• We only need 3 numbers to represent a colour, one each for red, green and blue
    • (r, g, b)
    • (255, 0, 0) is red
    • (255, 255, 0) is yellow
    • (0, 0, 0) is black
    • (255, 255, 255) is white (white)
    • (255, 200, 200) is pink
    • (0, 0, 100)

Primary Colours

  • Primary colours can be used to represent colours
  • We only need 3 numbers to represent a colour, one each for red, green and blue
    • (r, g, b)
    • (255, 0, 0) is red
    • (255, 255, 0) is yellow
    • (0, 0, 0) is black
    • (255, 255, 255) is white (white)
    • (255, 200, 200) is pink
    • (0, 0, 100) is dark blue

Primary Colours

  • All the primary colours are generally combined
  • But you can separate them off and edit them separately
  • Colour channels

Transparency

  • Some times you will get a 4th number
  • Opacity (often called alpha)
  • Controls how transparent something is
    • 0 is completely transparent
    • 255 is completely opaque (not transparent)
    • (255, 0, 0, 128) is half transparent red

    Image files

    • It takes a lot of data to store an image file
    • 4 bytes per pixel (1 per colour + alpha)
    • 3 megapixel
    • About 12 megabytes
    • Not too much nowadays, but you might have 1000s of images
    • Can still be slow to download over the web

    Compression

    • We can use Compression to make smaller file sizes
    • Compression is basically finding ways of representing data more efficiently
    • Most image file formats are compressed
    • But not all (e.g. bmp)

    Compression

    • There are 2 types of compression
      • Lossless compression doesn’t change the data at all
      • Lossy compression throws away some information to get better compression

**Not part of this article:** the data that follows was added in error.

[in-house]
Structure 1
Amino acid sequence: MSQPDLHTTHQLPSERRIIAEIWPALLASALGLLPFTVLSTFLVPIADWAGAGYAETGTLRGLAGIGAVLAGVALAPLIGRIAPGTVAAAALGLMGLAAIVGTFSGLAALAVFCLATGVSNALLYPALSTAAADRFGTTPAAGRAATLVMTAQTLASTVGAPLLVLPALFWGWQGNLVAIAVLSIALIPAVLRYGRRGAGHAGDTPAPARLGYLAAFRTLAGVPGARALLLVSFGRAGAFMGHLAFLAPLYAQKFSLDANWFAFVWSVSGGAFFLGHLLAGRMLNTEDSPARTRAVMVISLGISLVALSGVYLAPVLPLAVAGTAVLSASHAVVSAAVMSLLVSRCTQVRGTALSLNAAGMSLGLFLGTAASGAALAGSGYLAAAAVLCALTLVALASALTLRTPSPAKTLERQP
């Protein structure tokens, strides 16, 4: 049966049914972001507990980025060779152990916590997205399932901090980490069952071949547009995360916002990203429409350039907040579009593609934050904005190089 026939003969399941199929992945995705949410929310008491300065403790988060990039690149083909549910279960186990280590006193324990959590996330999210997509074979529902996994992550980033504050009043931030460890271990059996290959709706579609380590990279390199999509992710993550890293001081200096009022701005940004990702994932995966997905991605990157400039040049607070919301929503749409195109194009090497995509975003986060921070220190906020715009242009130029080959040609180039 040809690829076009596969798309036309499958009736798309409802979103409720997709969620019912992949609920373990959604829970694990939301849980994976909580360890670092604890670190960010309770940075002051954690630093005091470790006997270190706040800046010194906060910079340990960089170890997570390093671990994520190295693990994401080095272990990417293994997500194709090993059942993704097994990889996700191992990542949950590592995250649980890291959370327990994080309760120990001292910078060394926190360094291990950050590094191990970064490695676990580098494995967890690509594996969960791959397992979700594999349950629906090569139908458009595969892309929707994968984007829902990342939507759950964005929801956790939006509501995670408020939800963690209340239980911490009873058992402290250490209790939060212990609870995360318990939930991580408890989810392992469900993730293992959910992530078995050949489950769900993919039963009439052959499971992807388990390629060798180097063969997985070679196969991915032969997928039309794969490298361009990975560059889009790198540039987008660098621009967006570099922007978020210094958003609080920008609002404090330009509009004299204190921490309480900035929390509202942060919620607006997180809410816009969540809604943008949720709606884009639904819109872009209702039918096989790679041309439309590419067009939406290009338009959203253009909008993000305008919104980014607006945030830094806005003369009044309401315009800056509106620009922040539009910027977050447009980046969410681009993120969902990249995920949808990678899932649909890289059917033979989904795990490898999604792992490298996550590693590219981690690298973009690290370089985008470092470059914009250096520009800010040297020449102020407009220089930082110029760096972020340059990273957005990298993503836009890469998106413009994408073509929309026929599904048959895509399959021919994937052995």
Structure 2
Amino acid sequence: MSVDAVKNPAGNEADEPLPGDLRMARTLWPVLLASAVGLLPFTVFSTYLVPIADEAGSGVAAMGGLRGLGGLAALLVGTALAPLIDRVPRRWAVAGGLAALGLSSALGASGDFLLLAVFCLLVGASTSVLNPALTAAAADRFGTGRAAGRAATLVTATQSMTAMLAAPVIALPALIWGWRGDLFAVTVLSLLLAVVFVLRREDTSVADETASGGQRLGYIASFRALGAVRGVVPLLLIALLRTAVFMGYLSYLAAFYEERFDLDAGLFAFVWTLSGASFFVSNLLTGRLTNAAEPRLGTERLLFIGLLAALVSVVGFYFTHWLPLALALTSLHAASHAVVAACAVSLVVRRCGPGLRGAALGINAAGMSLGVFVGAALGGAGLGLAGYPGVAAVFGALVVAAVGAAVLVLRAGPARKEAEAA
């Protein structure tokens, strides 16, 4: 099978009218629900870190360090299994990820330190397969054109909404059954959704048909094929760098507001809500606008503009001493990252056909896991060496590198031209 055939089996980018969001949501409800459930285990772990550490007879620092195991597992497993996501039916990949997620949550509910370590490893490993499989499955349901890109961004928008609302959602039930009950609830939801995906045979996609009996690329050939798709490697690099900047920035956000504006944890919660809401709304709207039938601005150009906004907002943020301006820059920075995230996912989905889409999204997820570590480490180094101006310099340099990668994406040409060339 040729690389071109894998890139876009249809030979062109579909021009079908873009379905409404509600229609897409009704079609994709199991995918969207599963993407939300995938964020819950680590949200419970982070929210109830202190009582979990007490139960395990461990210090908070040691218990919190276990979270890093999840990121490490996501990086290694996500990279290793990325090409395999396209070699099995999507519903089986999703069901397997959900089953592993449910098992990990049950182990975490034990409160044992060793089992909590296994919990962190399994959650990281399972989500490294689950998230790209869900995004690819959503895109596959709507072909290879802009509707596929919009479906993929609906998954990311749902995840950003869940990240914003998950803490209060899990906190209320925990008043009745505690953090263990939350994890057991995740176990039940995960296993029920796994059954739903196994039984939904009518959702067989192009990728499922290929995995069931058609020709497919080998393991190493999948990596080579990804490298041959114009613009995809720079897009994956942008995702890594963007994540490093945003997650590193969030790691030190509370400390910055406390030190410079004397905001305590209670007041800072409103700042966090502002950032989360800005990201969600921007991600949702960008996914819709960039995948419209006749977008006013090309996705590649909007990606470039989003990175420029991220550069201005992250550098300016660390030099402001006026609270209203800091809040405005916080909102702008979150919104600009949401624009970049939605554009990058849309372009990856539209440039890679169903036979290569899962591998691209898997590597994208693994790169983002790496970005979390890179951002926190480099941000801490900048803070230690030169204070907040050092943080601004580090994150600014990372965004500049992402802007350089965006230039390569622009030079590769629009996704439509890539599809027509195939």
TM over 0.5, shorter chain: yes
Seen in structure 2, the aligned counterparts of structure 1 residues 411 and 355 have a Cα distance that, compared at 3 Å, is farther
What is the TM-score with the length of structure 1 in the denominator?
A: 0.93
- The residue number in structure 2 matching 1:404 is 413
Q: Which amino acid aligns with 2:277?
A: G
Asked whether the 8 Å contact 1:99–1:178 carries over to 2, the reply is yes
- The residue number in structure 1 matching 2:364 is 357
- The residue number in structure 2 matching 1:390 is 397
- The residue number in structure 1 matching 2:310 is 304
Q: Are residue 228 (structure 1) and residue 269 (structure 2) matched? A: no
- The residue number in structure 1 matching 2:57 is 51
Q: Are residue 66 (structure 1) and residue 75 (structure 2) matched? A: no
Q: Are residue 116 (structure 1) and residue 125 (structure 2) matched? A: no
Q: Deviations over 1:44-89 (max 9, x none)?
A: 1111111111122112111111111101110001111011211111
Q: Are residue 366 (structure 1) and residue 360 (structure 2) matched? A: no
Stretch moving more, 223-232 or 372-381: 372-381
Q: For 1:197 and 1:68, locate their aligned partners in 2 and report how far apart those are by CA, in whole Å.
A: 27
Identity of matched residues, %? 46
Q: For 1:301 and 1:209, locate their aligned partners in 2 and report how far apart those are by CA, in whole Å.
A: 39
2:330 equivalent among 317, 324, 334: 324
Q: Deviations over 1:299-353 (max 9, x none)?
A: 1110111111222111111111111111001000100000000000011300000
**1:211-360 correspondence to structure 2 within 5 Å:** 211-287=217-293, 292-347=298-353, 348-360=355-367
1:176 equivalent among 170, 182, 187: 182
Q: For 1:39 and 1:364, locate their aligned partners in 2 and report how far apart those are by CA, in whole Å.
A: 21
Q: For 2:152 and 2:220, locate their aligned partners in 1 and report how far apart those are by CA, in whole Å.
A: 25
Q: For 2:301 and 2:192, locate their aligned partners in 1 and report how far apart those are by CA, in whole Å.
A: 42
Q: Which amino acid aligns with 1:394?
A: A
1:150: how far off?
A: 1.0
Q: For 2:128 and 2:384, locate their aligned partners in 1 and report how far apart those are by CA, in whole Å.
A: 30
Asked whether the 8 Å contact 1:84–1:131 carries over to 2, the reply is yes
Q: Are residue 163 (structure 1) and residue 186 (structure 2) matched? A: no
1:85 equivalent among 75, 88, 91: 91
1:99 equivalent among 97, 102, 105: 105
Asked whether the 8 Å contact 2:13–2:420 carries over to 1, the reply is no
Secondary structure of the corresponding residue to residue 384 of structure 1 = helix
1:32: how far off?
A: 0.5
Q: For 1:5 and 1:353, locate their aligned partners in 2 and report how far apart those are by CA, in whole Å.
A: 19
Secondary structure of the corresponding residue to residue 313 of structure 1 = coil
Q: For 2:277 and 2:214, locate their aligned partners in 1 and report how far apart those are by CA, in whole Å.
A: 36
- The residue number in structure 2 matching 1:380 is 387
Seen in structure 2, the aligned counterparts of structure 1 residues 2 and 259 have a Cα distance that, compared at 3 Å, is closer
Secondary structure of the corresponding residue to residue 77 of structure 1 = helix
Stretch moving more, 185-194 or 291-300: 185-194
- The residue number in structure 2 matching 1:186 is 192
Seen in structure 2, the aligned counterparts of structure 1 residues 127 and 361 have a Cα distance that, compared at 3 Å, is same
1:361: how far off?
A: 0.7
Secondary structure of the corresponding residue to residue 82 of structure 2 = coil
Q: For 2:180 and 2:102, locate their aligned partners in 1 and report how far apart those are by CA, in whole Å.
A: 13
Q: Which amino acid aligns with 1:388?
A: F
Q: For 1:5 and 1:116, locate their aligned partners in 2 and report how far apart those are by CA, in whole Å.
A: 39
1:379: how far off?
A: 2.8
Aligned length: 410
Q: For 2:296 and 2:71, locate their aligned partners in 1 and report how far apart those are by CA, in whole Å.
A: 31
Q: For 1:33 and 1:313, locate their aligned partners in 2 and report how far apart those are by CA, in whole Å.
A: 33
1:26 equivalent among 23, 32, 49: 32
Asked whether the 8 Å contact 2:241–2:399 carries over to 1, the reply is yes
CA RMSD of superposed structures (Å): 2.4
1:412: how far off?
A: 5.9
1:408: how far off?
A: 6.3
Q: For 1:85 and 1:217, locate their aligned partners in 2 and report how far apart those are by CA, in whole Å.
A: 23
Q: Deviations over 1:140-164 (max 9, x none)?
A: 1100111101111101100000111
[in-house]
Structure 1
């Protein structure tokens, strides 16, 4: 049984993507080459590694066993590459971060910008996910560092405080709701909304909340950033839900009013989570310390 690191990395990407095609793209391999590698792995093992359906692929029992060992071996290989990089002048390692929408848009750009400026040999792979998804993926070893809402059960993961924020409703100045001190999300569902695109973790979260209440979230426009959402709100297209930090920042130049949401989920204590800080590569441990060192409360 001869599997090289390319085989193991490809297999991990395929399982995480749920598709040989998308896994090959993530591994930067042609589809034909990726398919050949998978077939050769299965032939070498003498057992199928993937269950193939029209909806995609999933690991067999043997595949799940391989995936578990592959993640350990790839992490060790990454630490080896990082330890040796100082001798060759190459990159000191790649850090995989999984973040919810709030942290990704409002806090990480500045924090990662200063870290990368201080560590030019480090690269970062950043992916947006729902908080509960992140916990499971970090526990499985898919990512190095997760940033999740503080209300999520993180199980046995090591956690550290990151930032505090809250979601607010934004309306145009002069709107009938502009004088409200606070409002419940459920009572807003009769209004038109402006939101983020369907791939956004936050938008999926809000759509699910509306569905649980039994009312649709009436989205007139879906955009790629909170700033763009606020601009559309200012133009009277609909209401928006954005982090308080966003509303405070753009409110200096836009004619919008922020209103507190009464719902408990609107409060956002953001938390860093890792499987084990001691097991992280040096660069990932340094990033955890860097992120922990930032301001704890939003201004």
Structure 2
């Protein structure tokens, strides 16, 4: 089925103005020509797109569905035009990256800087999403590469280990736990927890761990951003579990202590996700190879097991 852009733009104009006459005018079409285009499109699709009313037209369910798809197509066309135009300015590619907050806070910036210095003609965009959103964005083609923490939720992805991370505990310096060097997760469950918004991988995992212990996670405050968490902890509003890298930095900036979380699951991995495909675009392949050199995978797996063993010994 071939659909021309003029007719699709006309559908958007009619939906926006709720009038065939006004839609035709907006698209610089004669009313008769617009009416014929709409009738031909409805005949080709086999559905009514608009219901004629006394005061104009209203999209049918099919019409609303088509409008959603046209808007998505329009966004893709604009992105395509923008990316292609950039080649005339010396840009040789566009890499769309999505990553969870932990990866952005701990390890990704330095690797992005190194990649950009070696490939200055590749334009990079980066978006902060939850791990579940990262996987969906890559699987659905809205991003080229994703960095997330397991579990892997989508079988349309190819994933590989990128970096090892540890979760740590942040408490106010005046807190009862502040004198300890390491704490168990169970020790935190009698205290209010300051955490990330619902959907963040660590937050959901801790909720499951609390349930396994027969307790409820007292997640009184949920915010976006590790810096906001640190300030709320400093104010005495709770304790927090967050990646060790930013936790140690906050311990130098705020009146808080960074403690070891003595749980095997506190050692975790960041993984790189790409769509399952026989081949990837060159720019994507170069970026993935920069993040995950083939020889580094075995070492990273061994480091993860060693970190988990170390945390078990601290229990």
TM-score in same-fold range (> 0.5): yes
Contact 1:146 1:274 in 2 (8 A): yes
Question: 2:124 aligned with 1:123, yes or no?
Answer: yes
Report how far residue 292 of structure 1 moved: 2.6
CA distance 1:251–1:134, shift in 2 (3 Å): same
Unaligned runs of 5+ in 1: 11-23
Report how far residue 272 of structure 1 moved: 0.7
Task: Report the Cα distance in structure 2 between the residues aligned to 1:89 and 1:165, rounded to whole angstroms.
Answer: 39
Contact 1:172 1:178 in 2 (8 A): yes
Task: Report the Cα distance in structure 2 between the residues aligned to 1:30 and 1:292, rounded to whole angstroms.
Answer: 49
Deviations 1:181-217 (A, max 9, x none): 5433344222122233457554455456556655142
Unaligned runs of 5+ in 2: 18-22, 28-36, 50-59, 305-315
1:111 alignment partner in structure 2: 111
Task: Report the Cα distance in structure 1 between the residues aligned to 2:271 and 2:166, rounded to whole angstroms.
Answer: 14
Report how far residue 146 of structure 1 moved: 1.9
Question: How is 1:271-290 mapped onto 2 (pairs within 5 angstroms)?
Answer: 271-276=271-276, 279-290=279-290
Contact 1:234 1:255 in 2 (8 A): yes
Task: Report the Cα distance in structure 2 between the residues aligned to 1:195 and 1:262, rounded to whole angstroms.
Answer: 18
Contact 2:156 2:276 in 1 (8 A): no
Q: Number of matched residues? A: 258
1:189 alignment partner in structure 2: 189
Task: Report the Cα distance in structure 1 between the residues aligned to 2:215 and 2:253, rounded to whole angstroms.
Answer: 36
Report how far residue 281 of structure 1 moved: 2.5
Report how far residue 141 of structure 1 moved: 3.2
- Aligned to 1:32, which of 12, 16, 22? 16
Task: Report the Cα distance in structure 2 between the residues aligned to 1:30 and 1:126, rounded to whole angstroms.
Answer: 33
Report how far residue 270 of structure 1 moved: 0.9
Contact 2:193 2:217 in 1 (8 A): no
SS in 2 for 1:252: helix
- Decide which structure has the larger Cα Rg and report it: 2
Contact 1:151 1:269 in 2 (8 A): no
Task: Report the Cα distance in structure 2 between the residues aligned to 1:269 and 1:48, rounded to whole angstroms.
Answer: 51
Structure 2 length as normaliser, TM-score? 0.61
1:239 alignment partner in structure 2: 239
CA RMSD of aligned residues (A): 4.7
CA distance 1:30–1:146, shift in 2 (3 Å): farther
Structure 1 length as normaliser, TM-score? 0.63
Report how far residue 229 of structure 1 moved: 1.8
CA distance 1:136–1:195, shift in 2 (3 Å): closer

• e.g. jpeg
      • Typically information that is not very visable
    • Lossy compression is good enough for everyday use and very efficient
    • If you run a photo archive you will need to use lossless compression
    [any material that should appear in print but not on the slide]

    Overview and aims

    • This lecture will explain the basics of how images are represented on a computer and how to use Photoshop
    • By the end of the lecture you will be able to:
      • Understand how images are represented as bitmaps
      • Understand how colours are represented on a computer
      • Understand the basics of how image filters are implemented

    Filters

    • Filters are a powerful images processing technique
    • They can act to change the appearance of a whole image

    Filters

    • A filter steps through pixels one by one
    • Alters each pixel in some way

    Filters

    Typically a filter will be some sort of mathematical operation.

    • Divide all colour values by 2 to make them darker
    • Add something to the red channel to give the image a red tint
    • Threshold: set a colour to white if it is above a certain value, black otherwise

    Sometime acting on one pixel is not enough

    Blurs

    • Blurs act by taking an average of a pixels with its neighbours

    Neighbourhood filters

    • Many filters use near by pixels to choose the new value of a pixel
    • Typically a sqaure of pixels surrounding the one we want
    • Called a neighbourhood

    Neighbourhood filters

    • Some filters have bigger neighbourhoods

    Blends

    • A filter performs a mathematical operation on all pixels of an image
    • You can also combine two images with mathematical operations
    • Combine the pixel in one image with the corresponding pixels in the other image
    • Photoshop uses this to combine layers together
    • The layer mode is the mathematical function used
      • Normal Mode: layer1 + opacity*layer2
      • Multiply Mode: layer1*layer2

    Adding an image to wordpress

    • There is a button for adding an image above the editor
    • Looks like a square
    • Click on this
      • Click Select Files
      • Opens a file broswer, open an image file
      • Once you have uploaded it select “Insert Into Blog” near the bottom